On USC Dornsife Week: Can A.I. cut the cost of making new drugs?
Vsevolod Seva Katrich, associate professor of quantitative and computational biology and chemistry, takes a closer look.
Dr. Katritch is an is a computational biologist and chemist at University of Southern California Dornsife, and a founding co-director of the Center for New Technologies in Drug Discovery and Development (CNT3D). His research is focused on deciphering the molecular function of membrane proteins in atomistic detail and applying this knowledge to discover new ligands to clinically important targets. His work has led to 8 patents and more than 140 papers, including a breakthrough screening of billions of chemical compounds published in Nature, as well as seminal reviews on GPCR structure-function and drug discovery technologies. He is named among Web of Science’s Highly Cited Researchers in two categories: pharmacology/toxicology and biology/biochemistry.
Dr. Katritch graduated and received Ph.D. from Moscow Institute of Physics and Technology, followed by postdoctoral training at Rutgers University and The Scripps Research Institute. Before joining USC in January 2015, he served as a director of computational chemistry at SIGA Technologies and held research faculty positions at the University of California, San Diego, and The Scripps Research Institute.
Computer Modeling and A.I. Transform Drug Discovery
Traditional drug discovery has long relied on trial-and-error methods, which are slow and expensive, usually taking up to 15 years and costing approximately $2 billion. However, recent advances in computer modeling, combined with the power of AI and access to vast data resources, open new avenues for much faster and more efficient drug discovery.
The newest excitement is about AI-based drug discovery, but what’s even more powerful is a combination of AI and structure-based methods.
Structure-based drug discovery utilizes knowledge of the three-dimensional structures of biological targets. Think of the target receptor as a lock and the drug as the key. By digitally modeling billions and even trillions of virtual keys in the lock, we can predict which keys would be a better fit. If the model is good, this process yields better results than traditional trial-and-error testing of millions of random keys. reducing the physical requirements for compound synthesis and testing more than a million-fold while usually arriving at better results.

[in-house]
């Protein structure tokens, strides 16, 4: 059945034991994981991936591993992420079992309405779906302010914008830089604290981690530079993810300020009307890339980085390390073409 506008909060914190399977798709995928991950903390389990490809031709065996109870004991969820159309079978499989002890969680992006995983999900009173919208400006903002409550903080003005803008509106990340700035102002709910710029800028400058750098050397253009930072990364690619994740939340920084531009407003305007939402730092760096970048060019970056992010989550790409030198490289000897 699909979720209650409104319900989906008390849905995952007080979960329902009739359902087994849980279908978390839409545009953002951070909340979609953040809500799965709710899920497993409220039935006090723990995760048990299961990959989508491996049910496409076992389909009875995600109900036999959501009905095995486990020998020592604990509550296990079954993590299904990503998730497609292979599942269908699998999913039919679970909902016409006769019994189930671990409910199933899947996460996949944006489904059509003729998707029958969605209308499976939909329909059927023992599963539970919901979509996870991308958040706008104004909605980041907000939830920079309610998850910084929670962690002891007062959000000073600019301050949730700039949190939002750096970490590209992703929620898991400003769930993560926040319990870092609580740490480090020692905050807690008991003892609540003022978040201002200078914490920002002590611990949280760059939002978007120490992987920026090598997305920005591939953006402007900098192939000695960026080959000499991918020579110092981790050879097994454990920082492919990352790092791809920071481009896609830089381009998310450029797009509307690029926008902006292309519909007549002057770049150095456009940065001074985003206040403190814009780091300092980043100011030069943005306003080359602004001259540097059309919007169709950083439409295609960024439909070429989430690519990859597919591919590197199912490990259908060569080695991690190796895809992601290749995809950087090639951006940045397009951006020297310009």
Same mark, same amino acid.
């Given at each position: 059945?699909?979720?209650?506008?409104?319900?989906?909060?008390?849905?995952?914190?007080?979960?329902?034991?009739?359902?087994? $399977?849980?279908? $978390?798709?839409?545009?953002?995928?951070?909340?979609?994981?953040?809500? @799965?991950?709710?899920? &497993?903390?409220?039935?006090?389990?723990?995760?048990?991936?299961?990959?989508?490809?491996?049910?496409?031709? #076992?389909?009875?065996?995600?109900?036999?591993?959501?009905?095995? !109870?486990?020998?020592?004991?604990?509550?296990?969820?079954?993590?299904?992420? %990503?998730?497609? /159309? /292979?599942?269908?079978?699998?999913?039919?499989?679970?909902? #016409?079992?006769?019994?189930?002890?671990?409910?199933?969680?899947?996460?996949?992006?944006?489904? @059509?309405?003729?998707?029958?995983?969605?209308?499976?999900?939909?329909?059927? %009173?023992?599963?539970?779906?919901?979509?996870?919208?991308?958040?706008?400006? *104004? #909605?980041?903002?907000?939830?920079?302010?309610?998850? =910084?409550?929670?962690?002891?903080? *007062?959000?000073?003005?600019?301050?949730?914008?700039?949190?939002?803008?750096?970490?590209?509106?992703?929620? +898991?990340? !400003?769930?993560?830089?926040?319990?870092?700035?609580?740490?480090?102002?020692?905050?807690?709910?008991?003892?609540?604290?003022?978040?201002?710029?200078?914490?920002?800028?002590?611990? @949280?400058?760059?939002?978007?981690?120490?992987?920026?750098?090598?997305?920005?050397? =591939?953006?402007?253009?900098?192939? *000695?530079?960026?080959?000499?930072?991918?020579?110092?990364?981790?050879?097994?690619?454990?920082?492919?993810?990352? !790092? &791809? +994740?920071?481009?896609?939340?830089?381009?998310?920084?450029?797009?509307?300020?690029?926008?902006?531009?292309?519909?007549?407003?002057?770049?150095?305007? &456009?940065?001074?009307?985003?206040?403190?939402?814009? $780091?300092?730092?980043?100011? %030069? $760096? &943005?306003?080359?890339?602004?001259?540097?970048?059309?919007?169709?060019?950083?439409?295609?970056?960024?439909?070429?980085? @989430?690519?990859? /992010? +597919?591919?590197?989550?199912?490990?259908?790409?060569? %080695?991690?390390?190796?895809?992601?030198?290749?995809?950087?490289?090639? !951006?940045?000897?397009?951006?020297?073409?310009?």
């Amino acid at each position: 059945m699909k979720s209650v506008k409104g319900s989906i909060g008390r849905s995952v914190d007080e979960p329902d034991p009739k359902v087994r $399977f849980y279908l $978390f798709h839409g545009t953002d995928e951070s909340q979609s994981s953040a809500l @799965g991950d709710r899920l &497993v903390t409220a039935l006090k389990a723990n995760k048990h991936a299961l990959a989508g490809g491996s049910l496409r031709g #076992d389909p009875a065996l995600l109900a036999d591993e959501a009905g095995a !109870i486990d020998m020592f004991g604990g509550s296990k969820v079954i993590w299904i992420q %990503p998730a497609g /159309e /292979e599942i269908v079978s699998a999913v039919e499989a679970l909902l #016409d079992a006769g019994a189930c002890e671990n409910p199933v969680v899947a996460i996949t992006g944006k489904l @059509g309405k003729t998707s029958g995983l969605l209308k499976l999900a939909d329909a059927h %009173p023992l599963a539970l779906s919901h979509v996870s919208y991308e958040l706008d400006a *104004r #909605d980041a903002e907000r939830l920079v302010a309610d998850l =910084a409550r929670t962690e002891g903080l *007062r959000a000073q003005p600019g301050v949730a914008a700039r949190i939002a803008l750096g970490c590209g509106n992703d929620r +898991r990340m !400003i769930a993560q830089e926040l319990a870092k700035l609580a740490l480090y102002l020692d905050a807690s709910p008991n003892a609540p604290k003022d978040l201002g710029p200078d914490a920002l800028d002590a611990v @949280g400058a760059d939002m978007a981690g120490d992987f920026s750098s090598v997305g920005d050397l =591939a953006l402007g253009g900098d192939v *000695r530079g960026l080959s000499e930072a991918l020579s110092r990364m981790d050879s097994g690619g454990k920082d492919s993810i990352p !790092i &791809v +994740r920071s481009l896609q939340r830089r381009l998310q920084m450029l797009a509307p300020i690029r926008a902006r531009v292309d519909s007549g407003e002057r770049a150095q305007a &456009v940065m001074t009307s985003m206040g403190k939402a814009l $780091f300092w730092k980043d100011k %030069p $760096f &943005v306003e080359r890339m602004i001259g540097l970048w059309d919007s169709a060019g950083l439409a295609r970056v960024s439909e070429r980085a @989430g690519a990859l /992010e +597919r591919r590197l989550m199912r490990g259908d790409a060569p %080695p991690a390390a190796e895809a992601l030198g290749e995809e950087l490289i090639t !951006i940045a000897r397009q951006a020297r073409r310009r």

On the other hand, AI-based approaches leverage deep learning to analyze existing knowledge of keys for similar locks. By examining this vast collection, AI can predict the keys that are most likely to fit the target lock, even without precise knowledge of its structure. In practice, the structure-based and AI-based approaches are applicable in different cases and complement each other.
The virtual libraries now comprise tens of billions of compounds that can be easily synthesized, and this number is rapidly growing into trillions and quintillions. To deal with this huge chemical space we developed a modular screening technology, V-SYNTHES, that assembles the compounds on the fly from their parts. By removing the computational bottleneck, V-SYNTHES technology, supported by AI tools, makes possible fast and efficient screening of ever-growing libraries, streamlining the drug discovery process.